The article is in conjunction with an edict by the ACCC denouncing New Calvinism. Right here, out of the gate, let’s take Dan’s bio and demonstrate his authentic Protestant false gospel which is also New Calvinism. Right, while denouncing New Calvinism, Dan is a New Calvinist which is also authentic Protestantism. Um, excuse me, different preferences for music and worship style doesn’t change that. This is soooooo typical of Protestants; while believing the same gospel that you believe, you are a heretic because you watch R rated movies, listen to Pink Floyd, and don’t wear a jean skirt down to your ankles.

Let’s now take Dan’s bio and demonstrate his New Calvinism that he is denouncing which is also authentic Protestantism. Dan says, “I am an undeserving sinner.” That is present tense. Ok, so, what is the biblical definition of a “sinner” in the B-I-B-L-E? Right, an unregenerate person. Dan is an unregenerate saved person. Yep, that’s orthodoxy plain and simple. We hear it all the time: “Justification is a legal declaration.” Hence, you are ONLY declared righteous while yet a “sinner.”

Let’s continue. So if Dan is still a sinner presently “saved by grace” does this mean Dan continues to need grace because he is still a sinner? Sure it does. And we hear that all the time. But hold on. What kind of grace is being spoken of here? Answer: “saved by.” So, does this mean that Dan, still a sinner who sins, and saved by grace, needs ongoing salvation for present sin? Sure it does. But would Dan also attest to once saved always saved? Probably. Is progressive salvation stated in the Protestant confessions and creeds that he claims to defend against New Calvinism? Absolutely. How can this be? Answer: because Dan, like all Protestants, is very confused.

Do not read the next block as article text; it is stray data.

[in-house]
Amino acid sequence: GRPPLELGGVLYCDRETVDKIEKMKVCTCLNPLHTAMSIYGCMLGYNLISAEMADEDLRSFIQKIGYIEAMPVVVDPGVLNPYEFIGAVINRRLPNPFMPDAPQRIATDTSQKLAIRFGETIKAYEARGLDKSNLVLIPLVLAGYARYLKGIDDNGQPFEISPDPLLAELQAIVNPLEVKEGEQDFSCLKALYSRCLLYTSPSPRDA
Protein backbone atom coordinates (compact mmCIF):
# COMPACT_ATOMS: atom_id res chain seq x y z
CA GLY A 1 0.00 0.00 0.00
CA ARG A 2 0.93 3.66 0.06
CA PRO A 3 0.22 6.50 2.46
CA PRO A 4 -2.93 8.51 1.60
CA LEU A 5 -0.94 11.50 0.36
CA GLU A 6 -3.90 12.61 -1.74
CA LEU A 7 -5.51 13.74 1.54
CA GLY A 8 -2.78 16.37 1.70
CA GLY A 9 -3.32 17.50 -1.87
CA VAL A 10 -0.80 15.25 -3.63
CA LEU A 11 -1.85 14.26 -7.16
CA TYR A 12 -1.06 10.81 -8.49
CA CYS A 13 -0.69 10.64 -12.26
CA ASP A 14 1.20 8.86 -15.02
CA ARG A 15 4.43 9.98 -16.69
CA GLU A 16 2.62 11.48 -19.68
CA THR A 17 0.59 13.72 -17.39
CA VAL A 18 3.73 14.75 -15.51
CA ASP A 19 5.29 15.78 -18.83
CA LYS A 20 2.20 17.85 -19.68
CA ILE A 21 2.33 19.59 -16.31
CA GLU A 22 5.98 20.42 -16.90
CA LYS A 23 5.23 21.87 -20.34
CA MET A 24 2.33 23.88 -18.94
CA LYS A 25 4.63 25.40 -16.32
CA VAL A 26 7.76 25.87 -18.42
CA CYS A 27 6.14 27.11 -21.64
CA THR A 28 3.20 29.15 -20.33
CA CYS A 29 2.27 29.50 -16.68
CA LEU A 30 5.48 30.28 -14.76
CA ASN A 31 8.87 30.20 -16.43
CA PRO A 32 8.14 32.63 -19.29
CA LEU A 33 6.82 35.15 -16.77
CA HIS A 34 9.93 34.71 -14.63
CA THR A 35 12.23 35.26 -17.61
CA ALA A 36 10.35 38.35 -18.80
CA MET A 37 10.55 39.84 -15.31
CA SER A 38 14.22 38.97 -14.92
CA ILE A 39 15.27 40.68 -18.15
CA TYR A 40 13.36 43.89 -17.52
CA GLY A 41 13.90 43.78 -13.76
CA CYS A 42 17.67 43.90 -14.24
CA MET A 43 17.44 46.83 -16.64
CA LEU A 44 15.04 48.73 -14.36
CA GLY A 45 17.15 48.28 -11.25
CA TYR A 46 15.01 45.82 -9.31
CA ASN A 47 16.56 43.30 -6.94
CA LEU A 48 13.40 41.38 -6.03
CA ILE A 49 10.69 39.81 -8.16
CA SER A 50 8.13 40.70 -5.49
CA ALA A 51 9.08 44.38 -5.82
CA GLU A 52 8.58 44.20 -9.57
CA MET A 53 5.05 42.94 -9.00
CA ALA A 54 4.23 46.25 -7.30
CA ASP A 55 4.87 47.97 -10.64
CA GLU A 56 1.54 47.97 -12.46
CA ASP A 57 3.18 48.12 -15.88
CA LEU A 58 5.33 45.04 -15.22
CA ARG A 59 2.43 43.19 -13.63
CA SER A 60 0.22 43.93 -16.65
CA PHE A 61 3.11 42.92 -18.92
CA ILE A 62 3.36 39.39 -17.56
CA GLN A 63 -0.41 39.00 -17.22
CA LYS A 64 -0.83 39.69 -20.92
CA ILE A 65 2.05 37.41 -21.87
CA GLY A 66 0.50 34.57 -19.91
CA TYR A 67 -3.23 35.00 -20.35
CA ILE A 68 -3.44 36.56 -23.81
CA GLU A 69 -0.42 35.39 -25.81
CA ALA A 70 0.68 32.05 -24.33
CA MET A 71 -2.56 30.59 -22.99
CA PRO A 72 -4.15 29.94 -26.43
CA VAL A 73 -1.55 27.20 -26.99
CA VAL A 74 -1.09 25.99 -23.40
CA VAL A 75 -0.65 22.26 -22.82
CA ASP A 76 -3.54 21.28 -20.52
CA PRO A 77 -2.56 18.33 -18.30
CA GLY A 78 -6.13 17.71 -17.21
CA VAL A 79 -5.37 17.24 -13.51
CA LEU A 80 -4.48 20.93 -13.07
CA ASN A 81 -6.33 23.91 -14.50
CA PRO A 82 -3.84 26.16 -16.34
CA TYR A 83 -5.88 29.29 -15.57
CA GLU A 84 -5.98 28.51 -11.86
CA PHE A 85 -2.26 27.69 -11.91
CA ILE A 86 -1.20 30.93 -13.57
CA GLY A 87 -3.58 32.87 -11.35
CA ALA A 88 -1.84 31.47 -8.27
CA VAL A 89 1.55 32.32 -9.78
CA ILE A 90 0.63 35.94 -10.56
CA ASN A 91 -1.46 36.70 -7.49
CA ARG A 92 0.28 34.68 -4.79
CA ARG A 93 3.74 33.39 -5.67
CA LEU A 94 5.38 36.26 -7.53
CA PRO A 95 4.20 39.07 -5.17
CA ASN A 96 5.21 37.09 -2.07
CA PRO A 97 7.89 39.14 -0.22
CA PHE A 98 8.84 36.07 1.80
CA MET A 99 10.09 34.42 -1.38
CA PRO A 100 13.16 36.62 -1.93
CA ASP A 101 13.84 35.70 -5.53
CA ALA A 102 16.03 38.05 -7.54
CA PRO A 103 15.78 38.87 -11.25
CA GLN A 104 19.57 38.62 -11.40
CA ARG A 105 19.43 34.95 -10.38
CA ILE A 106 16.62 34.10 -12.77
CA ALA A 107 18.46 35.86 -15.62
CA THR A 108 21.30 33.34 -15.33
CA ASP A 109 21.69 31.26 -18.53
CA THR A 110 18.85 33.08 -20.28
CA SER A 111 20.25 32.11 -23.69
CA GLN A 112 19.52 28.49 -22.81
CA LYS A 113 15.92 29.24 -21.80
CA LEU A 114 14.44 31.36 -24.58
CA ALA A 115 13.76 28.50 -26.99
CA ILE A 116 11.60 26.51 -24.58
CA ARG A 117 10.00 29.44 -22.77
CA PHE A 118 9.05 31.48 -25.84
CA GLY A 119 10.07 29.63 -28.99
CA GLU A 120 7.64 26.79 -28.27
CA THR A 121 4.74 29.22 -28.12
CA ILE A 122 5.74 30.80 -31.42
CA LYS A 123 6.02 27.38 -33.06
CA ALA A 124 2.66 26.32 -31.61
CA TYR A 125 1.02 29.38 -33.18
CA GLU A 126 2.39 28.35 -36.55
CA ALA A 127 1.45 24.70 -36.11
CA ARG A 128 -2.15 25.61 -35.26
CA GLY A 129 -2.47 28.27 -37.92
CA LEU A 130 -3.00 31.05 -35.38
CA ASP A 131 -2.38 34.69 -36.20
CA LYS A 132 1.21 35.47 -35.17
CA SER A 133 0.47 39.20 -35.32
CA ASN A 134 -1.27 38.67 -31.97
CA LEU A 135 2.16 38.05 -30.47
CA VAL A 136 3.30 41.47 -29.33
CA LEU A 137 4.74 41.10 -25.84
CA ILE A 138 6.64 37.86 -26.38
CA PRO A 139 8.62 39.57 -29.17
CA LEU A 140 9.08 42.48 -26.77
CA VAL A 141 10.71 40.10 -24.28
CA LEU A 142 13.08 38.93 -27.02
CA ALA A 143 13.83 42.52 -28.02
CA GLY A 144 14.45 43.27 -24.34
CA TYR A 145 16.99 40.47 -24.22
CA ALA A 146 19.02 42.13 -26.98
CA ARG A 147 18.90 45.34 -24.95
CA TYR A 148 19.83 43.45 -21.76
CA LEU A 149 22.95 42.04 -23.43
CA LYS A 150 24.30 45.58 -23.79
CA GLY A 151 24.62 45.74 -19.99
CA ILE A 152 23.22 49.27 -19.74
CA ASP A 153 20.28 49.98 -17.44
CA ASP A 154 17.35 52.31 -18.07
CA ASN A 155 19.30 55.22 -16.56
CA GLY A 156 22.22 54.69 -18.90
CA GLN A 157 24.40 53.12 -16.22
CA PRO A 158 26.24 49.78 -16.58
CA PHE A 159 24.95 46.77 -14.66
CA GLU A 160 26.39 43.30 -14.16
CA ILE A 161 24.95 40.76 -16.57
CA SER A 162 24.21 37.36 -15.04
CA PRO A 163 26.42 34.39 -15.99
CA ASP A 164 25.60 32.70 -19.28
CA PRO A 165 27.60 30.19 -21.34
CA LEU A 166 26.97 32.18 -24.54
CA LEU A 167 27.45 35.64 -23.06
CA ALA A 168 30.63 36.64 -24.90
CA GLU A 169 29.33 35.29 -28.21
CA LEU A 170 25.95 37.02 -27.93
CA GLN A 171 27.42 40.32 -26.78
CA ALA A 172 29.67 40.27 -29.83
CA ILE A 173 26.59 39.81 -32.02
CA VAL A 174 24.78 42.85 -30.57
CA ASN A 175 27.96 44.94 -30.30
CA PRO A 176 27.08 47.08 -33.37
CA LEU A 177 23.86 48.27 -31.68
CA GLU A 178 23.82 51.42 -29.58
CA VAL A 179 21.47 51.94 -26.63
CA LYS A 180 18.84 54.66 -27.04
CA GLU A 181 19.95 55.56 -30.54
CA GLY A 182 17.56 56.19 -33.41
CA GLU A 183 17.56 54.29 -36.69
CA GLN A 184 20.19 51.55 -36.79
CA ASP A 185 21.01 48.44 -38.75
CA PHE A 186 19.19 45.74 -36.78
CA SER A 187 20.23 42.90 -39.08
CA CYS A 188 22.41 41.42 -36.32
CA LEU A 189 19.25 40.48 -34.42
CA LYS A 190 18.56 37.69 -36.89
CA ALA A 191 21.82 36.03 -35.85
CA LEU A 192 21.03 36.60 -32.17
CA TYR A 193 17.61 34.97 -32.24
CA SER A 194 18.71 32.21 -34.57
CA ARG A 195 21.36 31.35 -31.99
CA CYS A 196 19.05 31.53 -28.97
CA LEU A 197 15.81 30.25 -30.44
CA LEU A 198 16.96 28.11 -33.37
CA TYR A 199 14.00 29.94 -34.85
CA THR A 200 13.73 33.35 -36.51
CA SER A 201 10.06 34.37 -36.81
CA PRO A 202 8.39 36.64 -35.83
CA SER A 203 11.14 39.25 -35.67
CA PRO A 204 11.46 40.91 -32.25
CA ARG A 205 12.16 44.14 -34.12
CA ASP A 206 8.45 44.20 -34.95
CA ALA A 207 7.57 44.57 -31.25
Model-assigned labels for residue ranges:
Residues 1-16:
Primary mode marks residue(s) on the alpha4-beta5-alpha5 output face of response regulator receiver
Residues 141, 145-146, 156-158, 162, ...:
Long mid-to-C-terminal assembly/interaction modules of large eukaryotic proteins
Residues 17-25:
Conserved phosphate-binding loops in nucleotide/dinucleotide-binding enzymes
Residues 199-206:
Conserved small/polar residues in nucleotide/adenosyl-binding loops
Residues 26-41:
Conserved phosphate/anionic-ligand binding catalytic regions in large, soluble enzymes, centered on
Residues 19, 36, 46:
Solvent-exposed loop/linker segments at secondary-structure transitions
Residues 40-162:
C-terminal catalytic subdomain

If grace saved you because you were a sinner, and you are still a sinner, do you still need the same saving grace? Does 2+2=4? But we still sin don’t we? That won’t be answered in this first part, but it does bring up another question. If we still sin, that would be a violation of the law, right? So, is that justification “apart from the law?” No. But doesn’t the B-I-B-L-E say that we are justified apart from the law? Yes. But if Christians are not still under law (another biblical definition of a lost person) does that make us antinomians? No. We will get to all of this, but am I saying that Protestant orthodoxy defines its followers according to a biblical definition of the lost? Absolutely. And I am sure you would agree; that’s a really bad idea. Protestantism defines “under grace” as “under law” because it is a false gospel and classic justification by works. If you need ongoing grace FOR SALVATION, what do you have to do to keep the grace flowing?

Lastly, for now, and like Peter Masters, Dan disavows John Piper’s Christian Hedonism while attesting to it. Dan states that he is a sinner, and is happy about it. That’s Christian Hedonism which is based on the Protestant doctrine of Mortification and Vivification. Christian Hedonism is merely a valid twist on the Protestant doctrine of Mortification and Vivification. Praise music, non-cessationism, and joy as a confirmation of re-salvation are merely the logical outcomes of Mortification and Vivification as stated by orthodoxy.